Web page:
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Enabling Smart Grid Volt/VAR Control

By Phill Feltham

Optimizing power flow using a distribution model


Today’s emphasis on implementing energy efficiency programs and limiting peak demand growth has driven renewed interest in the most effective method to implement Smart Grid volt-ampere reactive control, or Smart Grid volt/VAR control, on distribution systems. This includes the implementation of conservation voltage reduction (CVR), in which the system demand is reduced through controlled reduction in operating voltage at customer load points. Effective CVR implementations can typically reduce demand two to four percent.

Model-based volt/VAR optimization (VVO) utilizes a dynamic operating model of the distribution system, in conjunction with a rigorous mathematical optimization algorithm, to optimize the performance of the distribution system with a given operating objective. The basis of the dynamic operating model of the distribution system is typically the distribution connectivity model as found in a distribution organization’s geographic information system (GIS). The model is adjusted in the control room of the utility either through operator action or through an interface to the SCADA (supervisory control and data acquisition) system, which transmits changes in the status of system components. The system components that can change states include distribution breakers, switches, reclosers, fuses, jumpers, and line cuts.

The benefit of utilizing a dynamic model is that the volt/VAR optimization always uses the “as-operated” state of the network. As outages and system reconfigurations occur, the network maintains proper connectivity of loads, capacitor banks, regulators, and other feeder components. This ensures the determination of the voltage regulator taps, load tap changer taps, and switched capacitor states always uses the present operating configuration of the system.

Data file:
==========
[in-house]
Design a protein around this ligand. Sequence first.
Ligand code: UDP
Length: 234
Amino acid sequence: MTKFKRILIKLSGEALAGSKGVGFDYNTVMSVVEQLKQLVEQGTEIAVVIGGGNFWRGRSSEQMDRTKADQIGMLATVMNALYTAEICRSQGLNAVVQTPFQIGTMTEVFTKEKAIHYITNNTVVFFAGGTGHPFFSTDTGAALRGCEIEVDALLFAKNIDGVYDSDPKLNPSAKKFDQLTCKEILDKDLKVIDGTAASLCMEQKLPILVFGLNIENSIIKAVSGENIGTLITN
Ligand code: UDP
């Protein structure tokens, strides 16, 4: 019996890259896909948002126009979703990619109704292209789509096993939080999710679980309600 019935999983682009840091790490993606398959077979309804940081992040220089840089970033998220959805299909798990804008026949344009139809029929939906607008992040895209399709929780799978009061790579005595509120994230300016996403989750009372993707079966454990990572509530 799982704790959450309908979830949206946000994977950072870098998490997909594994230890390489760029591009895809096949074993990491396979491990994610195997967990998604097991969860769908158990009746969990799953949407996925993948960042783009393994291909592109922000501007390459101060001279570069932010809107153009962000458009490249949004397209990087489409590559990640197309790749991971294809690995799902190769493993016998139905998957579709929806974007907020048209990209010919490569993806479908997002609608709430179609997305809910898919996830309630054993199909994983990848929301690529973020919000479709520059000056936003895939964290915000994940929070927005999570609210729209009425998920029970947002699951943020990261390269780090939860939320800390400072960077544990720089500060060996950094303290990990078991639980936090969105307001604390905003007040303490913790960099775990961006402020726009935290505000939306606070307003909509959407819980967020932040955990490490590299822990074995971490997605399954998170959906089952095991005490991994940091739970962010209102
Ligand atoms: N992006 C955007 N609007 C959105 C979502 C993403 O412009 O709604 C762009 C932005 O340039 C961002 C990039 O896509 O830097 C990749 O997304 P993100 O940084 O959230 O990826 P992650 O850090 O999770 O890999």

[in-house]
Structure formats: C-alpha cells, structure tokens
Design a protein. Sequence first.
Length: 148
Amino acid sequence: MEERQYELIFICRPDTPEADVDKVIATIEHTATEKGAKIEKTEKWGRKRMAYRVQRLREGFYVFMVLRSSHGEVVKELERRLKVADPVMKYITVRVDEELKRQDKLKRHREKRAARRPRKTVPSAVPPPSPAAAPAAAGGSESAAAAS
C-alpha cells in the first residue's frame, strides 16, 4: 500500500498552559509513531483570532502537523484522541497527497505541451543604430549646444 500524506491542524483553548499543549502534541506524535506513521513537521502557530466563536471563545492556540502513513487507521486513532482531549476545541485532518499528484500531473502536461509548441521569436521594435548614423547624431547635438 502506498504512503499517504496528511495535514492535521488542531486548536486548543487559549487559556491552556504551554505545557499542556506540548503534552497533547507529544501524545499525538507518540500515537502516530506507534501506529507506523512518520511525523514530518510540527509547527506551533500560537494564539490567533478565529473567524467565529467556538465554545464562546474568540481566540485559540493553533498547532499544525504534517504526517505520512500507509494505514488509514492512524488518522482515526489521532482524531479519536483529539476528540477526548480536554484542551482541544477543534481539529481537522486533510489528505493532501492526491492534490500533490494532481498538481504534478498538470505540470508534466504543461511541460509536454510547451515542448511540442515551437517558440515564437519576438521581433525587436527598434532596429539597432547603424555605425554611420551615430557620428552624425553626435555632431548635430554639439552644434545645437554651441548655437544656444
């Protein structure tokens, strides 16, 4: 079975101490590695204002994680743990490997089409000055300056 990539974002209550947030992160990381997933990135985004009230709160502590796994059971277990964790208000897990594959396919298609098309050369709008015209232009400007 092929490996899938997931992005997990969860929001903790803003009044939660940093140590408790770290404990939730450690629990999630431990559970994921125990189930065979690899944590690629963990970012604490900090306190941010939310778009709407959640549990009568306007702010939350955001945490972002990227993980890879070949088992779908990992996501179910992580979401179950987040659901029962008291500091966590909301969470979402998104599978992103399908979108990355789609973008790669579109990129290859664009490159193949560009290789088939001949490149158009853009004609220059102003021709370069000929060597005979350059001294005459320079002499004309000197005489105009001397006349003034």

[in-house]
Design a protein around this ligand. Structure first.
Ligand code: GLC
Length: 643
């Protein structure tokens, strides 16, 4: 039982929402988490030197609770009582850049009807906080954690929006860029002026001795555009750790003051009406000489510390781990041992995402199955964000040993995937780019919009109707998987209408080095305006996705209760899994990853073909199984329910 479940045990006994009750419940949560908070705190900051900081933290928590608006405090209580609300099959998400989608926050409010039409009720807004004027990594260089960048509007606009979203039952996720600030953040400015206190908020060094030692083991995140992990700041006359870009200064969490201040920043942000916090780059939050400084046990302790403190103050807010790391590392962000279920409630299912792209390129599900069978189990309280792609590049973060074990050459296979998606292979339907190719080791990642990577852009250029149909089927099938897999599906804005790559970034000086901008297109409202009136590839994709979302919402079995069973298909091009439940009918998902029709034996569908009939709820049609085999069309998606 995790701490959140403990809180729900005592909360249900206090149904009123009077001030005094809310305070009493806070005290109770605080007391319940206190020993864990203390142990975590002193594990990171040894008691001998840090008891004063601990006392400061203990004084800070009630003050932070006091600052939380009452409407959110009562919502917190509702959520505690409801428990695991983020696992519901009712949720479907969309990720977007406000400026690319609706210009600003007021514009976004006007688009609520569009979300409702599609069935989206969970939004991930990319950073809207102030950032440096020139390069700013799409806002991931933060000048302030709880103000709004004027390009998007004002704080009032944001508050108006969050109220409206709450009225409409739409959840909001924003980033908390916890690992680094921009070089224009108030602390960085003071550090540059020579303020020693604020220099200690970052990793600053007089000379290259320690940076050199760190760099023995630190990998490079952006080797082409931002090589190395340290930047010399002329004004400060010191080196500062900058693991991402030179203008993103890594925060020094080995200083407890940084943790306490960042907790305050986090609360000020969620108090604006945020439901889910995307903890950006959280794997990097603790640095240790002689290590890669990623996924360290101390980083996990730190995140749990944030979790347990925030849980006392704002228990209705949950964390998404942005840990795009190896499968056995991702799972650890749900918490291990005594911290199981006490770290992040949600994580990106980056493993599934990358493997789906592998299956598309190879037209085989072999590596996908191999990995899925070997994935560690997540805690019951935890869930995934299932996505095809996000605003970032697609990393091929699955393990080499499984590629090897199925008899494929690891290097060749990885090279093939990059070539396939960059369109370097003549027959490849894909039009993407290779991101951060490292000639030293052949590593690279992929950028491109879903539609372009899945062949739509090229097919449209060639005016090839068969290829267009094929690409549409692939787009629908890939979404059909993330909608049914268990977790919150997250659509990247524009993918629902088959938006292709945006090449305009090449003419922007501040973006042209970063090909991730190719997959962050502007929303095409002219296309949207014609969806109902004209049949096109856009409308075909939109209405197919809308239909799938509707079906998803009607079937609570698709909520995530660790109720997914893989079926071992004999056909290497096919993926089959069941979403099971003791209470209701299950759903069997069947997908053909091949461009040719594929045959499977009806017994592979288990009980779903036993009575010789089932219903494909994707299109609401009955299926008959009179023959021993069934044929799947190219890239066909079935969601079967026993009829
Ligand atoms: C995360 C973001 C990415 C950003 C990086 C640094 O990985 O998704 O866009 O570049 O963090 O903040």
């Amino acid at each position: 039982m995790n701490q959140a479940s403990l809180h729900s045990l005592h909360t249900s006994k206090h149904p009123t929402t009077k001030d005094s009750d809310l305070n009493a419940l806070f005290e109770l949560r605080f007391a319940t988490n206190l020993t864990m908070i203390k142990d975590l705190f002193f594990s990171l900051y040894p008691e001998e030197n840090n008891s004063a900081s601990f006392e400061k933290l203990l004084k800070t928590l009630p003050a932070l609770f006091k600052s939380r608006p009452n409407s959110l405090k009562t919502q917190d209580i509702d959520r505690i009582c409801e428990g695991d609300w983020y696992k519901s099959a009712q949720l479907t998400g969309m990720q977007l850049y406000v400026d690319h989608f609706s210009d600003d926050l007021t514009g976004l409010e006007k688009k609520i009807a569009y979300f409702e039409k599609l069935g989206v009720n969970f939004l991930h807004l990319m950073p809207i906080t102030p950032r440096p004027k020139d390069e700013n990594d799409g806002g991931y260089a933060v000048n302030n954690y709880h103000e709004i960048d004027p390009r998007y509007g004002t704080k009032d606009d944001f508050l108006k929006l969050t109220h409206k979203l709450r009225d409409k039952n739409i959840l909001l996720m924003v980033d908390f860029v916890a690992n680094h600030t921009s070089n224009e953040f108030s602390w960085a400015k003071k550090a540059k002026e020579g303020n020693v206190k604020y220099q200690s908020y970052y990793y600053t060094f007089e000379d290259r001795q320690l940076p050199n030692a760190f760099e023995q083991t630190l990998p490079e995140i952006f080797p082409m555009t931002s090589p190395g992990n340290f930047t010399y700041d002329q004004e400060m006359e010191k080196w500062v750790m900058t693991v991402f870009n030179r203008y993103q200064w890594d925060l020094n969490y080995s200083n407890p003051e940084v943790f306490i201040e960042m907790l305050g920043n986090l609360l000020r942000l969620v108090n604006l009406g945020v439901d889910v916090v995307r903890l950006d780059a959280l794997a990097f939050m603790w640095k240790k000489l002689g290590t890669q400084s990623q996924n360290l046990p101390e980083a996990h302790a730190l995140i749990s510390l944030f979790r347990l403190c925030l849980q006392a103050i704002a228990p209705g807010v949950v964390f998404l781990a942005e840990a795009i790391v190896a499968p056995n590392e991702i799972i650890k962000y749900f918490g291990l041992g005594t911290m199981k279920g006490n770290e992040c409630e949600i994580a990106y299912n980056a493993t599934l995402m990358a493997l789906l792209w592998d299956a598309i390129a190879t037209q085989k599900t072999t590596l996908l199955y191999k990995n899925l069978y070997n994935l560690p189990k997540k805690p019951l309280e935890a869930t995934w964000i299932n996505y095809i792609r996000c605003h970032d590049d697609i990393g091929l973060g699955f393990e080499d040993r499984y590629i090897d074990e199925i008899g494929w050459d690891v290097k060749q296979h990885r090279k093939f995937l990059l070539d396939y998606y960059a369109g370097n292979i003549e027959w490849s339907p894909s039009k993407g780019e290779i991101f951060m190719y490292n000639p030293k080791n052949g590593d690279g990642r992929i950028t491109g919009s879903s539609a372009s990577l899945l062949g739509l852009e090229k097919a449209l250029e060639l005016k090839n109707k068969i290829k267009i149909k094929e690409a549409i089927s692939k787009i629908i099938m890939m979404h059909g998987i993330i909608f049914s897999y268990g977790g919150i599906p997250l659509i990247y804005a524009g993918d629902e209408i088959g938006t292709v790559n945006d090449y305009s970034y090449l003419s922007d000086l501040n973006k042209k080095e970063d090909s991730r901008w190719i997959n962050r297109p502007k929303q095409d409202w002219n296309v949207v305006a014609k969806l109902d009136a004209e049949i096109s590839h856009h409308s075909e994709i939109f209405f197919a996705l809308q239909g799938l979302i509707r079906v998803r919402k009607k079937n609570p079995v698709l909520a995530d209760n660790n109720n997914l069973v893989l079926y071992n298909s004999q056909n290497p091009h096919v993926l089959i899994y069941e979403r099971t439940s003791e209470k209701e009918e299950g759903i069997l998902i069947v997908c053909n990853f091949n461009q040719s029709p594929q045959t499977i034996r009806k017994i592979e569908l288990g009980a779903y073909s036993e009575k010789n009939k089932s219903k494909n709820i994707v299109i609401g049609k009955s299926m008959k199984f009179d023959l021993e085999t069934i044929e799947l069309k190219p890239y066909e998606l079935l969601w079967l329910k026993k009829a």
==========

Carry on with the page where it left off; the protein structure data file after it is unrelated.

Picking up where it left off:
The savings in deferred generation plants or capacity procurement costs, lower system losses, lower customer energy consumption, and reduced operating and maintenance costs results in model-based volt/VAR optimization having one of the strongest business cases for Smart Grid functionality.

Due to inherent technology limitations, prior volt/VAR control methods—namely local-based controls and one-way centralized radio-controlled systems—did not permit systematic optimization of voltage and VAR controls for maximum effectiveness in loss reduction and CVR demand and energy reduction. Legacy systems also required additional servers and communications infrastructure that did not enable additional Smart Grid functionality such as fault location, self-healing restoration, and comprehensive distribution system monitoring and control.

With the commercialization of model-based volt/VAR optimization, distribution organizations are now able to achieve maximum performance benefits with reductions in demand and energy, real power losses, and operating costs.

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